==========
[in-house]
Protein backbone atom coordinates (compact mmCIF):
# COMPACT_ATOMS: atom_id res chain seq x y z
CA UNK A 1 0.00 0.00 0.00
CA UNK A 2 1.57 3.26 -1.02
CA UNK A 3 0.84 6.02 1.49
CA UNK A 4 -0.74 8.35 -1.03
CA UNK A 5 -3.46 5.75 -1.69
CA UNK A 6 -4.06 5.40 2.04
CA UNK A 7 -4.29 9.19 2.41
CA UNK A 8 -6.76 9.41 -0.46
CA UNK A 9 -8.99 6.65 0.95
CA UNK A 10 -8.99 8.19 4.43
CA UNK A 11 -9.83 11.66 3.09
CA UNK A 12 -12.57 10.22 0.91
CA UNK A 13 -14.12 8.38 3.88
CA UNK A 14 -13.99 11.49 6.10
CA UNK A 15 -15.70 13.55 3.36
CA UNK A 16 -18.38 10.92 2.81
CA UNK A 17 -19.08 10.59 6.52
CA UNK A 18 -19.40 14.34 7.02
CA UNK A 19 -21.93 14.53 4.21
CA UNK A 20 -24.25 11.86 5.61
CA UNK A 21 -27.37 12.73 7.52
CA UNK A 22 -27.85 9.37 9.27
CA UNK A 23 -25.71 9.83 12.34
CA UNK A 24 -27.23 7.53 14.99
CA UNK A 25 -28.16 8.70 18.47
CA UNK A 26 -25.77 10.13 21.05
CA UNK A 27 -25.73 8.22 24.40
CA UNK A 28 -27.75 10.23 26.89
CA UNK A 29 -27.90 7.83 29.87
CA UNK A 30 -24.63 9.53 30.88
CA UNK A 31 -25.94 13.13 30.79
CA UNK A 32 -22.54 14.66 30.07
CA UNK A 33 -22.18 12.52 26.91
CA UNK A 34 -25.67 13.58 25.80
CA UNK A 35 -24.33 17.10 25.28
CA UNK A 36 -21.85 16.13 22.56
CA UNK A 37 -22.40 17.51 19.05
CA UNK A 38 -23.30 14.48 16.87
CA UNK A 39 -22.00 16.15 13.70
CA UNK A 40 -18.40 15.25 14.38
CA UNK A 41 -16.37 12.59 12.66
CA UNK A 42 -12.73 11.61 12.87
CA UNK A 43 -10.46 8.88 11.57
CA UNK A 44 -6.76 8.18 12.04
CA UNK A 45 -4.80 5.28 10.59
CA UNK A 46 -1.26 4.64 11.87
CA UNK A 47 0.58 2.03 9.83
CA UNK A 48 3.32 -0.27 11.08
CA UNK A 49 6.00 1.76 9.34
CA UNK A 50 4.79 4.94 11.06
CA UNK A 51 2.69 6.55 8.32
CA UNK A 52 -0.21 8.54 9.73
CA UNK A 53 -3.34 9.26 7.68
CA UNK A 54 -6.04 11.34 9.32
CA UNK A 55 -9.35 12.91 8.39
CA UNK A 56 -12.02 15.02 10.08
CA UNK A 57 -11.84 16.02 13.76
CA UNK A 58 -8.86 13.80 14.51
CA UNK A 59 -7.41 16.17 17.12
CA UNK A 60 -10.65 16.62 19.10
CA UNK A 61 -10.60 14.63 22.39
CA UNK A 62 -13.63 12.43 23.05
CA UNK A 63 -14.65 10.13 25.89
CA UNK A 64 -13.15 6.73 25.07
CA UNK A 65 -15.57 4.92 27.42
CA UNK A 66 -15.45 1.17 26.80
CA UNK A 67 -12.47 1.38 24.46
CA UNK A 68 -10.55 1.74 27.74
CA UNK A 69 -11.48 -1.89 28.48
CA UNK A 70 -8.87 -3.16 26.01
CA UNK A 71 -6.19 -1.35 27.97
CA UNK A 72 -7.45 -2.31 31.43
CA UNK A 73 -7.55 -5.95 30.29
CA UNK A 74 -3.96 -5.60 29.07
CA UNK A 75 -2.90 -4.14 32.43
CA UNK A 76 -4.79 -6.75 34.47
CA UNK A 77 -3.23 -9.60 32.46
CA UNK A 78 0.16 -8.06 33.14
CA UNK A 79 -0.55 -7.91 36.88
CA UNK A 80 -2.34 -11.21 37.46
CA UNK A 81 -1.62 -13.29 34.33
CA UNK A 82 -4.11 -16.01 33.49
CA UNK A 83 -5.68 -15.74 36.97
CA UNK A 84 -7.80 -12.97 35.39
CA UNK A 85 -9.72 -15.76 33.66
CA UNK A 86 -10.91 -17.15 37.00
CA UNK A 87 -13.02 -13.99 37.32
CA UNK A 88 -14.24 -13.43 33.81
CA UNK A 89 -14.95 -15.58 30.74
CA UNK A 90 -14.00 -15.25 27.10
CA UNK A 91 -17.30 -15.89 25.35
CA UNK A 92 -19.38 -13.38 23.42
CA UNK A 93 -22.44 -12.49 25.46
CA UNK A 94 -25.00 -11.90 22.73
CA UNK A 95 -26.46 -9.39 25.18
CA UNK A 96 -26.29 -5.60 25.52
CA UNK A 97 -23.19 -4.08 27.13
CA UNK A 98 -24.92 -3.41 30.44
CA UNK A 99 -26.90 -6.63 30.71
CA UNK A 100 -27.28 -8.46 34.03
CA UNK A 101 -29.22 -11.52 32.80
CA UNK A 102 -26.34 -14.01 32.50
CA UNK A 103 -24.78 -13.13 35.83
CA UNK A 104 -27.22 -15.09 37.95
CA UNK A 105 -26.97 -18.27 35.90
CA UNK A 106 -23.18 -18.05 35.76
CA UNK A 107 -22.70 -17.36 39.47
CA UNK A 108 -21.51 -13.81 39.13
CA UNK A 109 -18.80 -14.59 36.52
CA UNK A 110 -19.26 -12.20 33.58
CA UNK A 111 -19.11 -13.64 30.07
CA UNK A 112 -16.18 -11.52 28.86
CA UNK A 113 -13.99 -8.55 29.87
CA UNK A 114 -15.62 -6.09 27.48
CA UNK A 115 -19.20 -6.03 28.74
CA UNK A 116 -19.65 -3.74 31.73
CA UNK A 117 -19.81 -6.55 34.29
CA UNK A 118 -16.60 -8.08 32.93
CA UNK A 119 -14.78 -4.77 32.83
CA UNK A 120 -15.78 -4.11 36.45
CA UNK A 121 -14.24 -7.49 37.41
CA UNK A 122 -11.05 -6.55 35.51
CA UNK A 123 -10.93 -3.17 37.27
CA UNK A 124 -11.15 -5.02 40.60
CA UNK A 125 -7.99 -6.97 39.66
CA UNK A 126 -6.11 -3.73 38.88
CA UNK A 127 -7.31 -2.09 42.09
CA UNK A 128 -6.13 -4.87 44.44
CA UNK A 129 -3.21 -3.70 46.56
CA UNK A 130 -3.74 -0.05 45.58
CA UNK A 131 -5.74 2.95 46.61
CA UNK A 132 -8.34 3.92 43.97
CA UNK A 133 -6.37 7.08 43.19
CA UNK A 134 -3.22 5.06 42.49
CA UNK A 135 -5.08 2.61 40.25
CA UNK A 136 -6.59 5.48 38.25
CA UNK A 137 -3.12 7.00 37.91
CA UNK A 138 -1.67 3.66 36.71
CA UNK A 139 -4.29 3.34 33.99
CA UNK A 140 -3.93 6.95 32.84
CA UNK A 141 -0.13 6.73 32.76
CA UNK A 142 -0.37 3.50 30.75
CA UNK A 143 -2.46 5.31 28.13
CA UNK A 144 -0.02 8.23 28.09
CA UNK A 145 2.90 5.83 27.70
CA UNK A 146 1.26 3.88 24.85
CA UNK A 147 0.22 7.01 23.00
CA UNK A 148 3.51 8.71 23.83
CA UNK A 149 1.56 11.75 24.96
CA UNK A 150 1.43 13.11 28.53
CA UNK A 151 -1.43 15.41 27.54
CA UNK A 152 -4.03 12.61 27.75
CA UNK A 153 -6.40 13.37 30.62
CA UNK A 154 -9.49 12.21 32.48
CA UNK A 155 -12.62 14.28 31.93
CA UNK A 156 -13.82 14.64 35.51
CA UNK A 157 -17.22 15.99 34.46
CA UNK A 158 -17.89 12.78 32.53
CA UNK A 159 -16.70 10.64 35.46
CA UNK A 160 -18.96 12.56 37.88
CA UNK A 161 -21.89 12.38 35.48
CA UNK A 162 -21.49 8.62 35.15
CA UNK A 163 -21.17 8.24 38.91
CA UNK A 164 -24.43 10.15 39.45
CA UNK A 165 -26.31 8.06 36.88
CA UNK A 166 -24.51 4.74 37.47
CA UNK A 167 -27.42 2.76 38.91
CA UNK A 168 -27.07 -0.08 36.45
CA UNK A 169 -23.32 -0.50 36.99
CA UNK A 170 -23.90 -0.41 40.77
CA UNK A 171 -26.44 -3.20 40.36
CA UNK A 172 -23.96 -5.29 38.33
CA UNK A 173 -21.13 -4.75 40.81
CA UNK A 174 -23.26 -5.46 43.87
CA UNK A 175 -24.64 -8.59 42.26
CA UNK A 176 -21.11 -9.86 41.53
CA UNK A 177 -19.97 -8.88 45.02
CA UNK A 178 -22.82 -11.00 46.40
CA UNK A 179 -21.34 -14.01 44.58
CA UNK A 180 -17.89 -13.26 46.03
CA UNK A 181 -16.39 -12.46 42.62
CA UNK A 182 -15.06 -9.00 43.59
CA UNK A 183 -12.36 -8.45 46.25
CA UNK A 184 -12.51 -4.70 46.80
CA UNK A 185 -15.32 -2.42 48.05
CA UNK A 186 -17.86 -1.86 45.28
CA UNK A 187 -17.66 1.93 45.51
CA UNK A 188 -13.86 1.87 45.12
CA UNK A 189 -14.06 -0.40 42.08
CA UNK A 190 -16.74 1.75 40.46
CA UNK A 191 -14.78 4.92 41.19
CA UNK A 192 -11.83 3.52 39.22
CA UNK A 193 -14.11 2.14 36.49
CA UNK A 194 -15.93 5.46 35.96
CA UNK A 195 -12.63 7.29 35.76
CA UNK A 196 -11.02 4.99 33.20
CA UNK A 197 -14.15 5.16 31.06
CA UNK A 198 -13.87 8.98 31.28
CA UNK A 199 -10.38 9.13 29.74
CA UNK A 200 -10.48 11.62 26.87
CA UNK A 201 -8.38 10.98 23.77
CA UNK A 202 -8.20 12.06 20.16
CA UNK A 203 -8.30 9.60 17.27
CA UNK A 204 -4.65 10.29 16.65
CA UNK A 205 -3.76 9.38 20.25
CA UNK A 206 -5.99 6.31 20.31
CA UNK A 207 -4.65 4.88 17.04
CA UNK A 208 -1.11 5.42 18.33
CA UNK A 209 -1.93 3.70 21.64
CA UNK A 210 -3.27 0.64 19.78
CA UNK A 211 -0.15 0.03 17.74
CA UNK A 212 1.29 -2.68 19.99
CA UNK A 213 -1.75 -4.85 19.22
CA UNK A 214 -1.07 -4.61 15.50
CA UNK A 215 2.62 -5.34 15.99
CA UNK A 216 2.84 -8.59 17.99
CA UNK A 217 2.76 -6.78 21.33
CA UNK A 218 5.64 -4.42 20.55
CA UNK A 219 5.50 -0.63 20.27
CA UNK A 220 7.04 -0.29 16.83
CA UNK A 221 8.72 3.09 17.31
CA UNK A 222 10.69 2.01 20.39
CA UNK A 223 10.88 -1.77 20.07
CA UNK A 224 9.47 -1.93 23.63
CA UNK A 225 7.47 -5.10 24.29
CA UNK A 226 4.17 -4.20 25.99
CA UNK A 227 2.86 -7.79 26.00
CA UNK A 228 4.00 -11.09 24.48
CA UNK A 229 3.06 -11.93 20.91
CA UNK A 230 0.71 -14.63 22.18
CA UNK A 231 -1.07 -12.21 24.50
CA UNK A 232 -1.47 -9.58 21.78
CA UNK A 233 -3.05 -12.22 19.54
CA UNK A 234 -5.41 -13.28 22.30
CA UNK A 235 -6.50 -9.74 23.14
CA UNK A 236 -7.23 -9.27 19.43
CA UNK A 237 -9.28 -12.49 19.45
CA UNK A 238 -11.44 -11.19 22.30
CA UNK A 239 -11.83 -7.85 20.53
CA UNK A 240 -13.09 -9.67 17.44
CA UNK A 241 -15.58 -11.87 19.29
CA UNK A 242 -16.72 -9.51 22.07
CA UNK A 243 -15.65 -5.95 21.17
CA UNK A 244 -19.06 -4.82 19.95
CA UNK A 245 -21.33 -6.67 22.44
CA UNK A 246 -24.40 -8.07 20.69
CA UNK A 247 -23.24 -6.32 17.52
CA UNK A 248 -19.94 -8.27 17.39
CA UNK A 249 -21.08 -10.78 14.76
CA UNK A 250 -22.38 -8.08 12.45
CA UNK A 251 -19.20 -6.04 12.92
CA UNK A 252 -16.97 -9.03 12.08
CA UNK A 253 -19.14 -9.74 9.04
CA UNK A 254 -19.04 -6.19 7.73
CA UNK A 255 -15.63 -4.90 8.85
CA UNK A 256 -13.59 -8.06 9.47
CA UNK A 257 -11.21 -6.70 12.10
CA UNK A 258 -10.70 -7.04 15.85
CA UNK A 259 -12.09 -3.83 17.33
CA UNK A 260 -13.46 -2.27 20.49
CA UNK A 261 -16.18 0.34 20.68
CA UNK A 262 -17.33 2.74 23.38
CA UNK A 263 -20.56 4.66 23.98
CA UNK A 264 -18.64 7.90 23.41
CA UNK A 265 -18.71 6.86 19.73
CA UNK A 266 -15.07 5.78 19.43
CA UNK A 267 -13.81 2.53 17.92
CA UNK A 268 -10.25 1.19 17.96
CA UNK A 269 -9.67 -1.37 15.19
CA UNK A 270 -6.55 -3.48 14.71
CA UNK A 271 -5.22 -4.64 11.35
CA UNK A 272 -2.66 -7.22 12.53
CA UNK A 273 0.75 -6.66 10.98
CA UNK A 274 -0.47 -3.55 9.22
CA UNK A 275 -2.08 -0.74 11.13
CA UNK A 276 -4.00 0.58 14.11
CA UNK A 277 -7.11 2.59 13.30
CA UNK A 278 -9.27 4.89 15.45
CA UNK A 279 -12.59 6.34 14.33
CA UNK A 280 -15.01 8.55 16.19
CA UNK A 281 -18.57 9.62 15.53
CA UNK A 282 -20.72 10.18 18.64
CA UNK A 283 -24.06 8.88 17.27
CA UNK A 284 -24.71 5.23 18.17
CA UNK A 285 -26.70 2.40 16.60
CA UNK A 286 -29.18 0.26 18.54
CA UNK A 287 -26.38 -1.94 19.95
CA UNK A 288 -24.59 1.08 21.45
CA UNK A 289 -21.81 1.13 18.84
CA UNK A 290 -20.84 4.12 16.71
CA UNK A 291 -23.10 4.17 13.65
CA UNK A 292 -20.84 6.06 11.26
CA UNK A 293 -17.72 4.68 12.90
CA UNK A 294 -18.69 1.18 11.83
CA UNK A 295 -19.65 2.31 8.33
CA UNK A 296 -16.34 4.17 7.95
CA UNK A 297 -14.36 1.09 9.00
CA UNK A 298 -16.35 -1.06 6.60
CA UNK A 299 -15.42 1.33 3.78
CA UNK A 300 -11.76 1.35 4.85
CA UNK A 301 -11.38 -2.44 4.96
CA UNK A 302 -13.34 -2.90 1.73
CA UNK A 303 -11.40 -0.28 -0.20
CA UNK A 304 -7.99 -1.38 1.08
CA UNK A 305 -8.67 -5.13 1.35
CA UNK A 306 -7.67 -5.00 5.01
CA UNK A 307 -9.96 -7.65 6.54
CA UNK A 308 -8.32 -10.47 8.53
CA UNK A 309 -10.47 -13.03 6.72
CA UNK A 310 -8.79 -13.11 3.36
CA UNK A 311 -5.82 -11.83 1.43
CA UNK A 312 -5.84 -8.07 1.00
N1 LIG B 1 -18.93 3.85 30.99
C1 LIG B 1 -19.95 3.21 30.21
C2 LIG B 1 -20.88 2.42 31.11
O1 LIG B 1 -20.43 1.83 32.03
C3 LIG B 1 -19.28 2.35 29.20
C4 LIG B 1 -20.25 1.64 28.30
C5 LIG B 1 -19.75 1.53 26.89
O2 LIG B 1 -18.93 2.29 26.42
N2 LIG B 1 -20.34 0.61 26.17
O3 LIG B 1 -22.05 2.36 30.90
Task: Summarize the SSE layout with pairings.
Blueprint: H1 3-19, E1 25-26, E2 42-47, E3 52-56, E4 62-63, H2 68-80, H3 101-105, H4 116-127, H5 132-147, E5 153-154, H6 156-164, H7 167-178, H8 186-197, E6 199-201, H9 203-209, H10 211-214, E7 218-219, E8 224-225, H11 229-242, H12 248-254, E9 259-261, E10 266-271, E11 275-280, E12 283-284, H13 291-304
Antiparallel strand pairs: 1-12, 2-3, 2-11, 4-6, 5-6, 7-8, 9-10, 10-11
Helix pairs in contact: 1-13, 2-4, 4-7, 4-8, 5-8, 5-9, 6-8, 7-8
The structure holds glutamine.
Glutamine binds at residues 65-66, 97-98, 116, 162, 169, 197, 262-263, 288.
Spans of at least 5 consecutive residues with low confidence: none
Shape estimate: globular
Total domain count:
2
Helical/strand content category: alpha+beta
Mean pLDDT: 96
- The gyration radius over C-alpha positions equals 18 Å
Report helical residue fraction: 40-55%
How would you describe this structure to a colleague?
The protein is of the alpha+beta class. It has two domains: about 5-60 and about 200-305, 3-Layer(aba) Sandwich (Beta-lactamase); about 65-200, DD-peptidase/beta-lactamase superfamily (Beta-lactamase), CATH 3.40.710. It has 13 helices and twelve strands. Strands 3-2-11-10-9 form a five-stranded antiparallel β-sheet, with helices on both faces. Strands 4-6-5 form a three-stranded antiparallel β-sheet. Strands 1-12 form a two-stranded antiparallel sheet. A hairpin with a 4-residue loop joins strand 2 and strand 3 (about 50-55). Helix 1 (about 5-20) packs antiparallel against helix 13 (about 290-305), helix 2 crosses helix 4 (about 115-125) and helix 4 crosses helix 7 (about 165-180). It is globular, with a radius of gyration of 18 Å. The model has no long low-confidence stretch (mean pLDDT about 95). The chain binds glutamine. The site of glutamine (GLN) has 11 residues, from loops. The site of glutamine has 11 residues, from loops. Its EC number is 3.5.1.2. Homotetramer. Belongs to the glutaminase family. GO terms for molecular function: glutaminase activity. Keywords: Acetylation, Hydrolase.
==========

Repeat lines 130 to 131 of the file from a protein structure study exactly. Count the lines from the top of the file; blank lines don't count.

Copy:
CA UNK A 127 -7.31 -2.09 42.09
CA UNK A 128 -6.13 -4.87 44.44